CFP: BJRE Special Issue—Genders, Sexualities and Religious Education: Theory, Policy and Practice

British Journal of Religious Education (BJRE)

Special Issue Call for Papers

Theme: Genders, Sexualities and Religious Education: Theory, Policy and Practice

Publication Date:  May/June 2024

 Guest Editors:

Alinah SegobyeNorth West University, South Africa

Mary Hess, Luther Seminary, USA

Karin Sporre, Umeå University, Sweden

Yonah Hisbon Matemba, University of the West of Scotland, UK

PDF: Special Issue BJRE pdf Call for Papers – Genders Sexualities and Religious Education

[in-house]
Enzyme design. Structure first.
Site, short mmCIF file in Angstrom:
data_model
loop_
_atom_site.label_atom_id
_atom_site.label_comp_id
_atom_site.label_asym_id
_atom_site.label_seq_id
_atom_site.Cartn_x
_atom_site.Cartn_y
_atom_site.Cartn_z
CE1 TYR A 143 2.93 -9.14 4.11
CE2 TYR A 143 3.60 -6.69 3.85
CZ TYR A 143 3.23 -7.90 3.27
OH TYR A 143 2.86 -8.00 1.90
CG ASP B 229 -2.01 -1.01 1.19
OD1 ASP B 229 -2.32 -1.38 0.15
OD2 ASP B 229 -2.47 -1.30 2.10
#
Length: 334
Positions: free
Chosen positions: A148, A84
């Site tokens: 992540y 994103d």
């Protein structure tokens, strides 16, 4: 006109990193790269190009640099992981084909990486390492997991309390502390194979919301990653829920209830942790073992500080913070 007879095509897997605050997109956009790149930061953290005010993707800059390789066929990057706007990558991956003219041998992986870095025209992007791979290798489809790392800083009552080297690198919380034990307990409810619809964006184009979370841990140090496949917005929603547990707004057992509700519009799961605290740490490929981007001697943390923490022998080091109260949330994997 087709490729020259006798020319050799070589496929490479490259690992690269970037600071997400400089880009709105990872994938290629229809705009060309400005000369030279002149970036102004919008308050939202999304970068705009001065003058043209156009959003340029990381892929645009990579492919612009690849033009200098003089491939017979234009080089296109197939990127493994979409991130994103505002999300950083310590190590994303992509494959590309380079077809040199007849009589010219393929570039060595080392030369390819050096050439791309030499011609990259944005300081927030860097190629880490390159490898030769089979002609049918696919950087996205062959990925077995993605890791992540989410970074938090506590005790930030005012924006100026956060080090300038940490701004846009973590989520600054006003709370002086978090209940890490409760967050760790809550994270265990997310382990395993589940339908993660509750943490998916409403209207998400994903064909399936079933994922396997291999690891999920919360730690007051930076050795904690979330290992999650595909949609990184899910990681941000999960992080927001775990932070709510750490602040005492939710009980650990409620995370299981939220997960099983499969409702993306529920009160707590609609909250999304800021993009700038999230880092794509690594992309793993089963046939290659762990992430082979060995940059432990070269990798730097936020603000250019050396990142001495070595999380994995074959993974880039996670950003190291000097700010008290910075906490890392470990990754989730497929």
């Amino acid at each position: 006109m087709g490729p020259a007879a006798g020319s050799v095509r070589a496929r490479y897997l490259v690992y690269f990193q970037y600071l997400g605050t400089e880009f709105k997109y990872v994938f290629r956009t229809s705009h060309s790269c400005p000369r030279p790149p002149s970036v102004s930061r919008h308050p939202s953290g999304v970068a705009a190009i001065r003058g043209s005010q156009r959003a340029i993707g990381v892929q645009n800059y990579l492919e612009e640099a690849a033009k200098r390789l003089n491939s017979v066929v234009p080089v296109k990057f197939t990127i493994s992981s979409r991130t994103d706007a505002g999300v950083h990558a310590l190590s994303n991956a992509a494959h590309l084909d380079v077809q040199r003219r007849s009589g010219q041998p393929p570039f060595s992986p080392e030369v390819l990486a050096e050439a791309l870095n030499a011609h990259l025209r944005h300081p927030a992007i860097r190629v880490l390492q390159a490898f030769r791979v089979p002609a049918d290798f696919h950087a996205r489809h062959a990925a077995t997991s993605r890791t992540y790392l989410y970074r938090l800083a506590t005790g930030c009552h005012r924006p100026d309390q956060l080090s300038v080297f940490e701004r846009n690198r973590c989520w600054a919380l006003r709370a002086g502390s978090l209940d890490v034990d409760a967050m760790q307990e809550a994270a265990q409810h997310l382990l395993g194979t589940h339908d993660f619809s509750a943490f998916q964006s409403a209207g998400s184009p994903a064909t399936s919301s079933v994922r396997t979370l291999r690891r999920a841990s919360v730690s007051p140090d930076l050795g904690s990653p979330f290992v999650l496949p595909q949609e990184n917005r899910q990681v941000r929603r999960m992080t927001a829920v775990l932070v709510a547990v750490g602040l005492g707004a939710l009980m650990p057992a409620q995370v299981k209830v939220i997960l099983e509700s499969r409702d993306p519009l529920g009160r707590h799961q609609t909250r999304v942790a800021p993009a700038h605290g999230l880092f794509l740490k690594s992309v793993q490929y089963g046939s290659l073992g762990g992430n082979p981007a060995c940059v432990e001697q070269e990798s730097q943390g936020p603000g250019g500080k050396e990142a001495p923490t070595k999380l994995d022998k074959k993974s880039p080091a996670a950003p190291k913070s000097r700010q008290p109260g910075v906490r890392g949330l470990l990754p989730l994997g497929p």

This Special Issue (SI) of the British Journal of Religious Education (BJRE) interrogates how Religious Education (RE), as an academic subject, engages with debates on genders, sexualities and religion, including non-religious stances. The pluralification of ‘genders’ and ‘sexualities’ in the call is necessary to capture the multifaceted manifestations and understandings of these ‘contested’ issues not only in RE but in education generally.  Further, it recognises the multiple and intersecting ways in which identity formation takes place which informs how people choose to be known and humanised. It highlights the dynamic ways in which personhood and being are intricately linked to how social categorizations of person inform, influence and often shape our understanding of others. By framing the key terms in the plural, the guest editors also hope to generate debate going beyond normative views of gender and sexuality, capturing ‘silenced’ voices, and therefore opening up nuanced debates towards a holistic understanding of a relative neglect in the discourse of RE (see Rose, 1999; Jaschok and Chan, 2009; Carvalho and Sívori, 2017; Katulushi, 1999; Cush and Robinson, 2014; Sporre, 2016). There are insights to be gained by examining how theory, policy and classroom discourse in RE engage with traditional and contemporary understandings and practices on sexualities (e.g. sexual orientations) and gendered discussions related to notions of ‘toxic’ masculinity and femininity and the politicisation of such debates (Waling, 2019; McCann, 2020). Equally important for critical reflection is how RE responds (or not) to the ways in which different religious and non-religious traditions deal with patriarchy vis-à-vis matriarchy in the discourse (see Shipley, 2017). We hope to tease out critical emerging issues in respect to identity and sexuality formation and how these interplay in fostering inclusive understandings in the theory and practice of RE, and with wider implications for societies.